The "assumed" distance from the equator to the pole was divided by 10.000.000.

        (the circumference 40.000 km).

        A glimpse into the British soul we find in this "On 20 May 1875 an international treaty known as the Convention du Mètre (Metre Convention) was signed by 17 states.".

        Britain was not among those 17 states.

        There used to be an absolutely marvellous account of Britain's indecisive journey towards the metric system, but I cannot find it any more, perhaps it was too revealing.

        https://en.wikipedia.org/wiki/History_of_the_metric_system

        1. Voyna i Mor Silver badge

          Re: Le Grand K's fate

          @Lars, I'm making allowance for the fact that English is obviously your second language, but this article is about the redefinition of units, not the redefinition of the metre.

          The old MKS system was based on several non-universal numbers but for everyday use the most important were [spoiler alert] the metre, kilogramme and second.

          As I noted, the metre was supposed to be a fraction (actually 1/40 000 000) of the Earth's circumference, which can't be stated with a very high accuracy.

          The second is based on the rotation period of the Earth, which also varies slightly.

          The kilogramme is 1/1000 the mass of a cubic metre of pure water at a particular temperature - highly impractical and so soon replaced by standard masses.

          So there was nothing "funny" about mentioning the period of the Earth's rotation because it defined one of the three basic units.

          In fact, using the way the metre is defined nowadays, you could derive the "old" metre from the "old" second by saying that the metre is the distance that a point on the equator at mean sea level moves in a certain time - to be exact 86400/40 000 000 seconds.

          1. Lars Silver badge
            Pint

            Re: Le Grand K's fate

            @Voyna i Mor

            Sorry for misunderstanding you. They did use the 10.000 km as the distance from the equator to the pole by simply saying it's 10.000 and thus 1m is what it is. The exact distance to the pole doesn't change that, it would be like pointing out that each feet is not exactly one foot.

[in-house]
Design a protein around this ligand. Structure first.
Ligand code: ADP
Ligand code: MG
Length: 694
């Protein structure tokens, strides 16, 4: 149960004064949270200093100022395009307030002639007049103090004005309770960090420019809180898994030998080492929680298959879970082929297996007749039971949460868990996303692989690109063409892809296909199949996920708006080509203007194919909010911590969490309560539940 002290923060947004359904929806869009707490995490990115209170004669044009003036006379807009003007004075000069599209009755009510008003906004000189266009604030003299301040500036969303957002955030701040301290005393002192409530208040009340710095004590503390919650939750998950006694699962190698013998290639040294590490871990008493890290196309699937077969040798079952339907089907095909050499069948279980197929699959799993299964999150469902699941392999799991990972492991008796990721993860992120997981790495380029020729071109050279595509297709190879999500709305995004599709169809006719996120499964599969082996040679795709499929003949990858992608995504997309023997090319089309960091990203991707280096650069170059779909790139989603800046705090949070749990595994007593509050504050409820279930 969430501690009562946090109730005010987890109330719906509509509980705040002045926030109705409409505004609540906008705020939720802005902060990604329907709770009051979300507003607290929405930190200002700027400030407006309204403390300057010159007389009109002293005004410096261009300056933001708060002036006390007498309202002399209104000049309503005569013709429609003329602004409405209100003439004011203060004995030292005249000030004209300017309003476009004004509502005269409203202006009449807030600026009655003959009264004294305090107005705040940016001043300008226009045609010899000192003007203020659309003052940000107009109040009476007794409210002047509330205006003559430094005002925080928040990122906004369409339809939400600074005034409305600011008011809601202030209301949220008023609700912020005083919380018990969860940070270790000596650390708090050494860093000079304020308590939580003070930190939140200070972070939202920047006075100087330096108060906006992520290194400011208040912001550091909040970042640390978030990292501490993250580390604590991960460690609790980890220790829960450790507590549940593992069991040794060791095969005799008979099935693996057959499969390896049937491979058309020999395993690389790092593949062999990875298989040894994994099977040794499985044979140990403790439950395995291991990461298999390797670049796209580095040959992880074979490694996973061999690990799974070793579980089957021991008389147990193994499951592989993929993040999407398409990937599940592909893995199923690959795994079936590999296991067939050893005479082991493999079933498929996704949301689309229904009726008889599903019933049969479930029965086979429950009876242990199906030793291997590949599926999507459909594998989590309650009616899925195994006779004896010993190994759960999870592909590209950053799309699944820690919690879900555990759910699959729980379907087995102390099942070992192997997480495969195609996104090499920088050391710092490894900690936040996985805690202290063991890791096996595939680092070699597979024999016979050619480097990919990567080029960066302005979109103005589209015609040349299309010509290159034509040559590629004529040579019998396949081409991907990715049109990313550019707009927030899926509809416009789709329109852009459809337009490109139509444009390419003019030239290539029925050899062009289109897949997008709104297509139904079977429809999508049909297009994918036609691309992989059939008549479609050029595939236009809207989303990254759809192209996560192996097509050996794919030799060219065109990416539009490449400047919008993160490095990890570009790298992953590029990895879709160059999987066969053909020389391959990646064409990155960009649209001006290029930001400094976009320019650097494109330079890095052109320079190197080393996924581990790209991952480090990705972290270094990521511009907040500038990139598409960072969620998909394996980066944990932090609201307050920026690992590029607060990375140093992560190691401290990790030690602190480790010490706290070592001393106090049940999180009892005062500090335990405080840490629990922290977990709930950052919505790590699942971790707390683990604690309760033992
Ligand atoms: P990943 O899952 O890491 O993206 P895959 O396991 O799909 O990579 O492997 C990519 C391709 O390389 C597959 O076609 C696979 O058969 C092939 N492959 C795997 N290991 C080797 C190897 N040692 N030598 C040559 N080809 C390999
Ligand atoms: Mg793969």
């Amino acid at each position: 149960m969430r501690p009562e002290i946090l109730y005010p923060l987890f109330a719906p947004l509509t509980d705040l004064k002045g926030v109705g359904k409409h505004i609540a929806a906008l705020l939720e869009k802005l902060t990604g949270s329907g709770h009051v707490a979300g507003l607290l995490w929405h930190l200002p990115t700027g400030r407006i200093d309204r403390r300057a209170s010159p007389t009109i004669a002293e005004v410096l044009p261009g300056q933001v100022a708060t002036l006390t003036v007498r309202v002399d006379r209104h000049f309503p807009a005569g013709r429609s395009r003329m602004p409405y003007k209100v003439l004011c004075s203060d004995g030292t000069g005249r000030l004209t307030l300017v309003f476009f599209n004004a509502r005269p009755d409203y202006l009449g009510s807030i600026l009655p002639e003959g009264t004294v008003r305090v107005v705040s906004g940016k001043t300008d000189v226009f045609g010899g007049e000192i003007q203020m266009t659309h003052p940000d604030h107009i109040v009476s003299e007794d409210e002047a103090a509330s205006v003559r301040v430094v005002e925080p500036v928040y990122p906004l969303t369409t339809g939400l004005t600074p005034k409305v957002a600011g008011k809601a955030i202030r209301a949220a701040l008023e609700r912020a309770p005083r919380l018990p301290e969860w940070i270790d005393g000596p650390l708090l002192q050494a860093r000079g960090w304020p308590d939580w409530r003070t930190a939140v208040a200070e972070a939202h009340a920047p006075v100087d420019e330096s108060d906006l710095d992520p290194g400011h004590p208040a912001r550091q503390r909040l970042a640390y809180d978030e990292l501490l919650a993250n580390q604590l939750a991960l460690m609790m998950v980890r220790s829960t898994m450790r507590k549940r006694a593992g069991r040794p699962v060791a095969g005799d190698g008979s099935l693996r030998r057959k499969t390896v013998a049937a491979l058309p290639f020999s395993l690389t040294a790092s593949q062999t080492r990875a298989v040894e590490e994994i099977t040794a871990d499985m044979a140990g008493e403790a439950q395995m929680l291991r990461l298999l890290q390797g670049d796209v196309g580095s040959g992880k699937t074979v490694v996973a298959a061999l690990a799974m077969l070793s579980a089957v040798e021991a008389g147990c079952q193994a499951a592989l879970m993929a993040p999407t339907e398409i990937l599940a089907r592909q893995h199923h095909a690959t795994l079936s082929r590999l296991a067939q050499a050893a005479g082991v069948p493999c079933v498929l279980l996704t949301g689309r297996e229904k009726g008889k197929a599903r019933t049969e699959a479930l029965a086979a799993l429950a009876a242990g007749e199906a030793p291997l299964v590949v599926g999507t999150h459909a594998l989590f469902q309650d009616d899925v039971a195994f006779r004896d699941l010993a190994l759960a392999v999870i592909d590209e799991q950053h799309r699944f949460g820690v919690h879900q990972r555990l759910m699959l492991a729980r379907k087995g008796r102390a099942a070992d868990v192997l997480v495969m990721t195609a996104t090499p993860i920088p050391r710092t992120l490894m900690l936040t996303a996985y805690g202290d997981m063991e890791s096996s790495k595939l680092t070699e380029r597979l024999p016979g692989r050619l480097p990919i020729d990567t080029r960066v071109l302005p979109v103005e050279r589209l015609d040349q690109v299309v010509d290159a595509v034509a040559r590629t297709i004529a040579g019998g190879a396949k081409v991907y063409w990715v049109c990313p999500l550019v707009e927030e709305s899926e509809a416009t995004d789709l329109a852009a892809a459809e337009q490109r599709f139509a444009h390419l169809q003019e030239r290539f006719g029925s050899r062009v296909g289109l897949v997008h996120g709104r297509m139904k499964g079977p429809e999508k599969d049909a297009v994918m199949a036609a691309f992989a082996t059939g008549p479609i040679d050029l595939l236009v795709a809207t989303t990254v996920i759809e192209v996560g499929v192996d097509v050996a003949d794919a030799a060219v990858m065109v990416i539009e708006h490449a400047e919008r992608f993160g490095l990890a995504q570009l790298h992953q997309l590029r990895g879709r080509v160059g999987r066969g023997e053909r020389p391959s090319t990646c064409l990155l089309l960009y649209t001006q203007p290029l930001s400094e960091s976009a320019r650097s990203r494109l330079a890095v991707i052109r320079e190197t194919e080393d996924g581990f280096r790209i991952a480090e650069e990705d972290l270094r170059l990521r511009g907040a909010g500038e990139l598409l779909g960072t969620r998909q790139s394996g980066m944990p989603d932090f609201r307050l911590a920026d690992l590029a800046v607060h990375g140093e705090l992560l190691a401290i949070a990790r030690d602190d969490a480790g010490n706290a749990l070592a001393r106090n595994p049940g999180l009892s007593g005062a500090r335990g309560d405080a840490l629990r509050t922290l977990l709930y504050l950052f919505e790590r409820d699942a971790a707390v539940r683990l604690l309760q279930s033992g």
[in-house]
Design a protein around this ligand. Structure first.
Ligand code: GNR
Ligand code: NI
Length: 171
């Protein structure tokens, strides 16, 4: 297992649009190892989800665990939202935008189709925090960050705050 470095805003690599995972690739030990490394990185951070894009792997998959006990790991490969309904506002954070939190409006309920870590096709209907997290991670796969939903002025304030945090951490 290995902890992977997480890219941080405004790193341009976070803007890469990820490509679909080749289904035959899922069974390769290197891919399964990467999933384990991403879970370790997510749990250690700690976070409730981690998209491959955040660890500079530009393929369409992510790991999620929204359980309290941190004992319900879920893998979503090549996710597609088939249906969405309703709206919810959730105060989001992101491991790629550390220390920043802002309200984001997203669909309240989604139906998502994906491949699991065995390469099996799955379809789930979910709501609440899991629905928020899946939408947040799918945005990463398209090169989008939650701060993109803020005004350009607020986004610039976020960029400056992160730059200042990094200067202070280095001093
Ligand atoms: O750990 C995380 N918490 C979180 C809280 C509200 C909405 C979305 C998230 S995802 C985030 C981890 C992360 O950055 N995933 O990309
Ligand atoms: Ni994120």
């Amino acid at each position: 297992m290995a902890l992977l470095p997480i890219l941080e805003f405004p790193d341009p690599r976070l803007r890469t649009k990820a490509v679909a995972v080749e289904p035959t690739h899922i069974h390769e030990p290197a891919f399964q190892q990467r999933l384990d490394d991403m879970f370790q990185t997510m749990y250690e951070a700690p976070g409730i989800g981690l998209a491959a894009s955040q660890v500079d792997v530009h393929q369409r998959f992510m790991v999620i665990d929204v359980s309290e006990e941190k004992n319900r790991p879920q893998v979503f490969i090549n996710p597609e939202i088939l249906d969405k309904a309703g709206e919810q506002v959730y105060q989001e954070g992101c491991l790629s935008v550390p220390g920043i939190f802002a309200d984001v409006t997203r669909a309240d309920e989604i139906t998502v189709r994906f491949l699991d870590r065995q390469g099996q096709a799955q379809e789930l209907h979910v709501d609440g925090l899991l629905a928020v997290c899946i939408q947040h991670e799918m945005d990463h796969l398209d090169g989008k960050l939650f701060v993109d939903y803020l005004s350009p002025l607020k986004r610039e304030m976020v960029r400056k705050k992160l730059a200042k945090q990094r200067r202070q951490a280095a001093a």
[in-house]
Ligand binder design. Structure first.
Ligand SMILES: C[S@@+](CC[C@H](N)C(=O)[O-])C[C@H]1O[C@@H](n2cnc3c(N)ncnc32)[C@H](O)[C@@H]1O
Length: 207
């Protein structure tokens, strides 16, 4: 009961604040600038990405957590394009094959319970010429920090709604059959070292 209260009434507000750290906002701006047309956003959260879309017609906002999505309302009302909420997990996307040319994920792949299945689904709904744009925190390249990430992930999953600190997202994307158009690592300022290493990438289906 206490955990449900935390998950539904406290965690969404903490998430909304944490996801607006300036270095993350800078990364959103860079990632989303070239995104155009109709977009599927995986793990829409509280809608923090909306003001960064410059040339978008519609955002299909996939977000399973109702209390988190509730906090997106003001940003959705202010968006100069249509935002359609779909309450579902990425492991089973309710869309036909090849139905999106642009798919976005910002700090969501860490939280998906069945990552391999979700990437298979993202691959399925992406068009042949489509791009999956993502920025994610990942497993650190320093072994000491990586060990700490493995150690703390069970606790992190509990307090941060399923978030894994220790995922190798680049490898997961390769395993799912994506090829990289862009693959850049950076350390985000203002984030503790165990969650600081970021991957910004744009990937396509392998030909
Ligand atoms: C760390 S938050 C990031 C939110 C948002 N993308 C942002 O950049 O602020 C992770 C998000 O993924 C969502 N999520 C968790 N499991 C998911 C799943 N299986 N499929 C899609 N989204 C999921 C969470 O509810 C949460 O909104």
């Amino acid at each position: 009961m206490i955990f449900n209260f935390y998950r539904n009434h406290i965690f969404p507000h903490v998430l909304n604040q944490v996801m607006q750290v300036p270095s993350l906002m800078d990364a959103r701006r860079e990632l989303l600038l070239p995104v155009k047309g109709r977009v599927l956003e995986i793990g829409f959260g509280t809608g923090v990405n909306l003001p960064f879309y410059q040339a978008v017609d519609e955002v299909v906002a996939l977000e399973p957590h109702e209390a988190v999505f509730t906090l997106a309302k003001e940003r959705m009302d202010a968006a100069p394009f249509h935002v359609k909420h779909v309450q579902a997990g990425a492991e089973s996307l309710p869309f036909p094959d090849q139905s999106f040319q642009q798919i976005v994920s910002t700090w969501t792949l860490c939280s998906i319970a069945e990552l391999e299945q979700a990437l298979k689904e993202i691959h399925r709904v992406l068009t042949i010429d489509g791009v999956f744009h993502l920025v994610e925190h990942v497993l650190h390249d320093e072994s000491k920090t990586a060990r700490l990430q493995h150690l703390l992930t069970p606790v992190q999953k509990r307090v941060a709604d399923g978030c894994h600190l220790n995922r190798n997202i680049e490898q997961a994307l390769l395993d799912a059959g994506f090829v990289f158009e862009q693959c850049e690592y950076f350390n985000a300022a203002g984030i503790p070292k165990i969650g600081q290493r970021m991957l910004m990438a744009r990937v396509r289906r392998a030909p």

English is my third of four, but that had nothing to do with my mistake.

            Have beer on me.

            1. Alan Brown Silver badge

              Re: Le Grand K's fate

              "They did use the 10.000 km as the distance from the equator to the pole by simply saying it's 10.000 and thus 1m is what it is."

              For some reason the metre was defined as 1/10,000 of 1/4 of the circumferential arc a few times in history.

              The French innovation seemed to be defining it from pole to equator (of course that's going to be different from north pole vs south pole, oblate spheroid etc). Previous definitions were either at the equator or sliced at the latitude of the city of the civilisation which defined it - so the egyptian metre was slightly longer than the greek metre, etc (the ancients were perfectly well aware that the earth was round and had a pretty accurate idea of its size. Colombus' fallacy was that it was much smaller than it is and everyone thought he'd starve to death on the voyage, not fall off the edge. He nearly did starve too - and falsified ship's log records to make it seem as if the distance travelled was considerably less than reality in order to deceive his crew, because by his stated original calculations they should have reached Asia long before they hit the Carribean.)

              The roman mile was slightly different, being "1000 marching paces" and defined to allow for planning of rest breaks, etc.

          2. Alan Brown Silver badge

            Re: Le Grand K's fate

            "The old MKS system was based on several non-universal numbers but for everyday use the most important were [spoiler alert] the metre, kilogramme and second."

            Anyone who's had to calculate anything in rods, poles perches and chains (never mind gills, barrels, hogsheads, bushels and pecks) will have heaved a sigh of relief that most of the sane world switched to something that used common multipliers AND UNITS across the board.

    2. Will Godfrey Silver badge
      Unhappy

      Re: Le Grand K's fate

      It will be put in a museum with great fanfare, then as interest in it wanes, will be moved by degrees to less auspicious locations, until it is almost forgotten. There will be a brief resurgence of interest when it is stolen to order for some obscenely rich person's private collection.

      In tens of thousands of years time, archeologists in special protective gear will find it while searching though the highly radioactive remains of what appears to have been a fairly advanced civilisation. Recognising that it contains important metals that are in short supply it will be immediately taken to the Whole Earth Technology centre to be put to use.

      1. Michael Habel Silver badge

        Re: Le Grand K's fate